Blog #5: Process of confirming a miracle and its involvement in canonization

A saint is someone in heaven who can intercede for those still on earth. If two miracles are confirmed as valid by the Church after someone’s death, they can be declared a saint. However, this requirement has only come about recently, during the time of Saint John Paul II. It is speculated that already the importance of miracles has already decreased since then. Although it is still in the criteria to declare someone a saint, more emphasis is being placed on the sanctity of that person during their time on earth.

The Vatican has appointed a miracle commission made up of theological and scientific experts to investigate claims for miracles. According to Michael O’Neil, who runs the website MiracleHunter.com, almost every miracle confirmed by the Church is a medical miracle. In order to be confirmed, there must be no chance that could nature could cause the same outcome. It is not a miracle if someone is cured of a disease in which they had a chance of naturally being cured. To attribute a miracle towards someone’s canonization, the individuals praying for the cure can only have asked for the intercession of one person to avoid confusion of who to give credit for the miracle.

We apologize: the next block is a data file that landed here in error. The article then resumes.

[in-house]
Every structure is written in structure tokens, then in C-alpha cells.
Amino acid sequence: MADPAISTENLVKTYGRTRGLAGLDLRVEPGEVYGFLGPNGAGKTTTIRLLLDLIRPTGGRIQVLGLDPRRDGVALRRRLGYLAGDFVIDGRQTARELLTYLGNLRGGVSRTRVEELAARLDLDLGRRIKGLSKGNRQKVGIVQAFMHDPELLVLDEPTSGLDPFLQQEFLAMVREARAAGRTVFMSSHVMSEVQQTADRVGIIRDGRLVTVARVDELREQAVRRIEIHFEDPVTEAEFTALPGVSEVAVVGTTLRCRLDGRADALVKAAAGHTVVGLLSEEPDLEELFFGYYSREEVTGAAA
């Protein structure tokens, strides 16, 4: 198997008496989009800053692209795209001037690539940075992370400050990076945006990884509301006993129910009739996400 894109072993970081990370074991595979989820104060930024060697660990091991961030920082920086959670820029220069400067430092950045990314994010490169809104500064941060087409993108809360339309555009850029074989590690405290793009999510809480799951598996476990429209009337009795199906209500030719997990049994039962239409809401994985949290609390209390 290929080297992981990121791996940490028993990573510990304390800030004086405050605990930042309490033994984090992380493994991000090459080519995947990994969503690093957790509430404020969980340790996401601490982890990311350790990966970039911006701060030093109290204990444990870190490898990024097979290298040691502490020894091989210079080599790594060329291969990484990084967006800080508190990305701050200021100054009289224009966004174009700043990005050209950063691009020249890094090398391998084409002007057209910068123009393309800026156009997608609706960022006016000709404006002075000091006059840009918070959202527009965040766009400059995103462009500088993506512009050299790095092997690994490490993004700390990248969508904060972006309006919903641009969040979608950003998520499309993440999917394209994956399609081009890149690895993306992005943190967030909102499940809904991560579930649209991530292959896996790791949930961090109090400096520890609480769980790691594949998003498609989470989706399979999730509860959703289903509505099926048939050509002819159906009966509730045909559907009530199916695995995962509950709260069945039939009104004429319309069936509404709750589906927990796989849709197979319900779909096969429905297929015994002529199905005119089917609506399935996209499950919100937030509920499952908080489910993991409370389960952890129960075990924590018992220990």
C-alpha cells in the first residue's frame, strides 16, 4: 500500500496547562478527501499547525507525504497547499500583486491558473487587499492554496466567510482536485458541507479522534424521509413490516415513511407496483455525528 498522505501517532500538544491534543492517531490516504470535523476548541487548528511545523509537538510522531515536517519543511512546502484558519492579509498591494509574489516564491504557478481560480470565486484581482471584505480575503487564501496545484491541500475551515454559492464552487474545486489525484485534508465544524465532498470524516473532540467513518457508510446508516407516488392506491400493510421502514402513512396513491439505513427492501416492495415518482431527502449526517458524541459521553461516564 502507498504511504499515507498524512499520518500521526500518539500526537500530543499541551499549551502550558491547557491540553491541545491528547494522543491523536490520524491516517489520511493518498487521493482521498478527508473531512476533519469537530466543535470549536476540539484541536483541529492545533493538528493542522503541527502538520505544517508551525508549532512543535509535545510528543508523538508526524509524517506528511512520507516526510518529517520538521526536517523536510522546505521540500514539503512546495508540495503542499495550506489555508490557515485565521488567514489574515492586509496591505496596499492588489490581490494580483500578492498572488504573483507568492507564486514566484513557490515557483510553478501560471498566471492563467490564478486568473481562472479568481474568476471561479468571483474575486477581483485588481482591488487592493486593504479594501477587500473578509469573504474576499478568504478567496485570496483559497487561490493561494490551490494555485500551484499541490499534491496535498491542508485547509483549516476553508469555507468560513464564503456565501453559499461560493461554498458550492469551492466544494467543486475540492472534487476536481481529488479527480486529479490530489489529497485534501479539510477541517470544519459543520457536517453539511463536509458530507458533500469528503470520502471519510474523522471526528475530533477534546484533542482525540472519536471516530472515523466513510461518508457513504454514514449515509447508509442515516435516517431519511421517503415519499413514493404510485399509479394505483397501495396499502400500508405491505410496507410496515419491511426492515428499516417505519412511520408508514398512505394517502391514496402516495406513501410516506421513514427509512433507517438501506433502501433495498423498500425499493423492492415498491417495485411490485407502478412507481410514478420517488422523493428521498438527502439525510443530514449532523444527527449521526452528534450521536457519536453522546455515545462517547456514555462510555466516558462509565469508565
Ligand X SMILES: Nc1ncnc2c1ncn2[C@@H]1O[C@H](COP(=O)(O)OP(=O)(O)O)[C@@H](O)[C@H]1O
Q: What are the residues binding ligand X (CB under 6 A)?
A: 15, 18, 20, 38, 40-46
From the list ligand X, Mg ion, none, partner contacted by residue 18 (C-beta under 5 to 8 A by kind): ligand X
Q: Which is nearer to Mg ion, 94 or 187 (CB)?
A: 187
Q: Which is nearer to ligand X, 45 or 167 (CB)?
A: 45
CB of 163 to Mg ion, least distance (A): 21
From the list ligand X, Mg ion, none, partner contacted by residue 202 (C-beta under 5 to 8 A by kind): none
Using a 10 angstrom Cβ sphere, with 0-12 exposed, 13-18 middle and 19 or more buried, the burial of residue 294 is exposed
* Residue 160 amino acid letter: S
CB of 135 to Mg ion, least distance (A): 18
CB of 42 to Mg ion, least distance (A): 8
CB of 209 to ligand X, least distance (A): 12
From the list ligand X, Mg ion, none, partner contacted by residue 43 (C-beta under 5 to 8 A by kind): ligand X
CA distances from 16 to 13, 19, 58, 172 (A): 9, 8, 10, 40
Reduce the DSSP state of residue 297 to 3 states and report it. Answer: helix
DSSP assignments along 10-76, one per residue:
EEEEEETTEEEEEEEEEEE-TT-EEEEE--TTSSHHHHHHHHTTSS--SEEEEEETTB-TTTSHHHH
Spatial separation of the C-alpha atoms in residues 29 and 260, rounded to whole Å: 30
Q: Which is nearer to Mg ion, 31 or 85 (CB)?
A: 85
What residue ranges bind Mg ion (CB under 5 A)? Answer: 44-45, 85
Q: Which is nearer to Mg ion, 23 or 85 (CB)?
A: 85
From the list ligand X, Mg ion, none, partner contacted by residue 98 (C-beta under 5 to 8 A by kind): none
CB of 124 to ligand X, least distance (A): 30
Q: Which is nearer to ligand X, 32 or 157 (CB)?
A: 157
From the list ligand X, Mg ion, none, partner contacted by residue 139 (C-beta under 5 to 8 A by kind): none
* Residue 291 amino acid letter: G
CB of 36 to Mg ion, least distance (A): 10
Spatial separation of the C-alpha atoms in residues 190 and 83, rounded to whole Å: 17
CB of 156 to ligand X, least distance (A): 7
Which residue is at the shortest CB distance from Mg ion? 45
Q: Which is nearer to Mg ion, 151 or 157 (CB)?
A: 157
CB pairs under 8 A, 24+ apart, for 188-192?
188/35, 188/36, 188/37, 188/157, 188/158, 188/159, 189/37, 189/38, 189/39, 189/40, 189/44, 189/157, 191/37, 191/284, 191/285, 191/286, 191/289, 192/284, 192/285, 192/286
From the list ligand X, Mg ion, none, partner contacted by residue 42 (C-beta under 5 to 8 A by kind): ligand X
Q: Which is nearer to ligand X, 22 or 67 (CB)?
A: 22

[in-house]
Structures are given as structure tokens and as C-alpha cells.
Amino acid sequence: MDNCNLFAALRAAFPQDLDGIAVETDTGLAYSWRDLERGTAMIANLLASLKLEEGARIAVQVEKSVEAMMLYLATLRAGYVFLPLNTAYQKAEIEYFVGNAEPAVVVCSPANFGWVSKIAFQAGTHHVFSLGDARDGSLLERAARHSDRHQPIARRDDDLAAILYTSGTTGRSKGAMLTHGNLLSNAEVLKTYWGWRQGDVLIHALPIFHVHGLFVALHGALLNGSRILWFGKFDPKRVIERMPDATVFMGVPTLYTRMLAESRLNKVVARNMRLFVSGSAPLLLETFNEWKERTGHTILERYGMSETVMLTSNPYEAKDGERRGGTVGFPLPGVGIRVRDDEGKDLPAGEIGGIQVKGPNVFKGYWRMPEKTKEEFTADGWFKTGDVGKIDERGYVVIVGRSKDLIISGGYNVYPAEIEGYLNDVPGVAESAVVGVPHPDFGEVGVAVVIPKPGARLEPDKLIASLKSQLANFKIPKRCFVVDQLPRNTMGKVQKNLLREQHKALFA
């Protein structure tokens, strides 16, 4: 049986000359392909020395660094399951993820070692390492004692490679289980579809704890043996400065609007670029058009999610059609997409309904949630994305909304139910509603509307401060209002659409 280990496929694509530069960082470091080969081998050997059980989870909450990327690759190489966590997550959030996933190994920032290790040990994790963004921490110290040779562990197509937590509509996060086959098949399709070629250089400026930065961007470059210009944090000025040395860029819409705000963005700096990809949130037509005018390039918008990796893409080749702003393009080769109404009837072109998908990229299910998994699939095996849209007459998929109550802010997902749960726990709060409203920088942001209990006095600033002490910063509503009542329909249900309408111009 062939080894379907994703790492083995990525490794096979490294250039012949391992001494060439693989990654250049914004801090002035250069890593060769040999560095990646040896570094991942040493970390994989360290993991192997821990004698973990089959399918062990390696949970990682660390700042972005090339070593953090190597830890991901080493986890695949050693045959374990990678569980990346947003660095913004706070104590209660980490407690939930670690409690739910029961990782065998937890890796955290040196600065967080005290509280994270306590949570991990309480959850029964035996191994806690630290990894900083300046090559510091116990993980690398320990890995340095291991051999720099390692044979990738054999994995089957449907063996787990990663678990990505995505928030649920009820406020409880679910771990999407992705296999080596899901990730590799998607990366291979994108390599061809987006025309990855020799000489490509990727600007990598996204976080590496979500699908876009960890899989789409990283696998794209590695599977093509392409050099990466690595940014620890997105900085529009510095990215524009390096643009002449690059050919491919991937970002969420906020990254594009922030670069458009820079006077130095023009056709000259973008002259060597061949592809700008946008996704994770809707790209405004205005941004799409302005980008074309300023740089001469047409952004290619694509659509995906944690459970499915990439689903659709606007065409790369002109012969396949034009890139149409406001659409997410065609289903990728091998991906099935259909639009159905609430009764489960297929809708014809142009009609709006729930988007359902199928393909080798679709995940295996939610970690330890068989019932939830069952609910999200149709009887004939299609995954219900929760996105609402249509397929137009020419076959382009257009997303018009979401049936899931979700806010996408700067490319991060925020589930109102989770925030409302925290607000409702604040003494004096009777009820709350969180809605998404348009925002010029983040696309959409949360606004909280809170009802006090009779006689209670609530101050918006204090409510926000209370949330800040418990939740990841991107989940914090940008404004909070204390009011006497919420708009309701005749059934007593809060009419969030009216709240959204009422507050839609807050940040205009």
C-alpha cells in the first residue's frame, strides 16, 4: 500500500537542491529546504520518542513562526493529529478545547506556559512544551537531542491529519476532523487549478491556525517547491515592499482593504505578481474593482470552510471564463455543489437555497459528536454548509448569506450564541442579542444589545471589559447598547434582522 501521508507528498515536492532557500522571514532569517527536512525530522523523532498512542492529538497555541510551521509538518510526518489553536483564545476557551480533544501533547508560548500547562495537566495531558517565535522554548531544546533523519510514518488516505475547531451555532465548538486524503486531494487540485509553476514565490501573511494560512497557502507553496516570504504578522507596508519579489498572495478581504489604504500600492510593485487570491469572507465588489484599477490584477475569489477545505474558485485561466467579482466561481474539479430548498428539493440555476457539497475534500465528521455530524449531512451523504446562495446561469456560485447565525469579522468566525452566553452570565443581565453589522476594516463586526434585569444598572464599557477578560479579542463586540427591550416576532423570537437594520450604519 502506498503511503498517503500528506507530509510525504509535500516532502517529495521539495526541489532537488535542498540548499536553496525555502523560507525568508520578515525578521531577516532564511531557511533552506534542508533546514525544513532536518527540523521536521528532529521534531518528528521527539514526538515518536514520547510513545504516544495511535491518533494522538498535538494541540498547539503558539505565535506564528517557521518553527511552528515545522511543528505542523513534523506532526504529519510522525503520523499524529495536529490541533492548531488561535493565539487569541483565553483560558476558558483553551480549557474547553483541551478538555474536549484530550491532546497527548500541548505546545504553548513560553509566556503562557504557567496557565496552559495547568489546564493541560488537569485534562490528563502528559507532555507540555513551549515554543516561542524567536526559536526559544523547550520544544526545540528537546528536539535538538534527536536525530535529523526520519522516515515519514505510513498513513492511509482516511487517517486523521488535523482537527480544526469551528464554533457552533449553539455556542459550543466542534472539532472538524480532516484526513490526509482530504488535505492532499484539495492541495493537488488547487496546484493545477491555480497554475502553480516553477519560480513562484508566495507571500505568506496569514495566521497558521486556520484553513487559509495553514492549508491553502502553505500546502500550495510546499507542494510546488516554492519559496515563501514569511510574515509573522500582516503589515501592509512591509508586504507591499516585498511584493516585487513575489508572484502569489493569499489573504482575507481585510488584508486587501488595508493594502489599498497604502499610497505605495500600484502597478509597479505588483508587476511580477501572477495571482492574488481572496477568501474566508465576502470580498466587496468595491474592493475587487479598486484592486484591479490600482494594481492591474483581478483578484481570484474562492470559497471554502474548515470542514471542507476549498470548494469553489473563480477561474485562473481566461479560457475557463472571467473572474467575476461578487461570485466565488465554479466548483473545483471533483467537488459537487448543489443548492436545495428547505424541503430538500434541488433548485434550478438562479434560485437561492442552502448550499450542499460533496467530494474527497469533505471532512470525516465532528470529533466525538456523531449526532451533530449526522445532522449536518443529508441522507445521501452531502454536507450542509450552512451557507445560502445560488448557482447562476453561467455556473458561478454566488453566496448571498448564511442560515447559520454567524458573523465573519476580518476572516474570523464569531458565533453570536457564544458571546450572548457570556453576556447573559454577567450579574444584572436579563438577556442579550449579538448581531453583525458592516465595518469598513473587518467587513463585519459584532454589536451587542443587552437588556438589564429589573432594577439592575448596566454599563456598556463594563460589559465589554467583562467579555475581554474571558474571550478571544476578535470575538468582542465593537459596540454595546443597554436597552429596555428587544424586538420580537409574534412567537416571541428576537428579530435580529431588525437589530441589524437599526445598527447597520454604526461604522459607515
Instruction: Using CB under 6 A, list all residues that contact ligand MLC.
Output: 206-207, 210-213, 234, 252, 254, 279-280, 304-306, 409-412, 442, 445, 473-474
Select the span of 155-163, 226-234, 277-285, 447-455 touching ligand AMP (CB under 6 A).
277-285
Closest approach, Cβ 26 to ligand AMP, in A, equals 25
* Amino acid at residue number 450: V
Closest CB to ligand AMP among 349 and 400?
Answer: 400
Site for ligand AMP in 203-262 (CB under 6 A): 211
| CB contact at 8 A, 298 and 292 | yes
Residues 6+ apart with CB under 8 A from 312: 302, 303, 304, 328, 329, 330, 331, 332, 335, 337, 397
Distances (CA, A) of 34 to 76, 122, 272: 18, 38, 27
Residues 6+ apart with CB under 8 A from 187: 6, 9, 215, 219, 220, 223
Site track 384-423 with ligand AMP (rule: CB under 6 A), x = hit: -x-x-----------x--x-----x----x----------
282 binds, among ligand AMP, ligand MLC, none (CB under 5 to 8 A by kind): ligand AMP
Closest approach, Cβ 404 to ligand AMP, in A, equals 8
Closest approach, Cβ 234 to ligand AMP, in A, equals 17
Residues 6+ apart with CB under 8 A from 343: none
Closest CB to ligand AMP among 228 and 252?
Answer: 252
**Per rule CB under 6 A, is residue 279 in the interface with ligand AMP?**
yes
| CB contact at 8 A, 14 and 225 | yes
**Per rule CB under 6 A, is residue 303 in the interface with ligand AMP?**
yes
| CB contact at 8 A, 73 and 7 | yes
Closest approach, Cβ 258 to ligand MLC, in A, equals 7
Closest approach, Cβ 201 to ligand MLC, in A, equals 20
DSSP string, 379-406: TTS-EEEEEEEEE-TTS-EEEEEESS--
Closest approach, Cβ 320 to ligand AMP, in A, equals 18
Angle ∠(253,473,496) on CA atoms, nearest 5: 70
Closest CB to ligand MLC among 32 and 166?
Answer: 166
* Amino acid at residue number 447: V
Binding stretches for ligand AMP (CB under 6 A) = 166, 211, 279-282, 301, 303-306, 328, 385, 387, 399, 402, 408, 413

During his reign as pope, Saint John Paul II suffered many attacks to his physical health including an assassination attempt, and Parkinson’s disease. After his death, a French nun was cured of Parkinsons and a Costa Rican woman recovered randomly from a serious brain injury. These miracles were confirmed and were used in his case for canonization.

Ghose, Tia. “The Science of Miracles: How the Vatican Decides.” LiveScience, Purch, 9 July 2013, http://www.livescience.com/38033-how-vatican-identifies-miracles.html.

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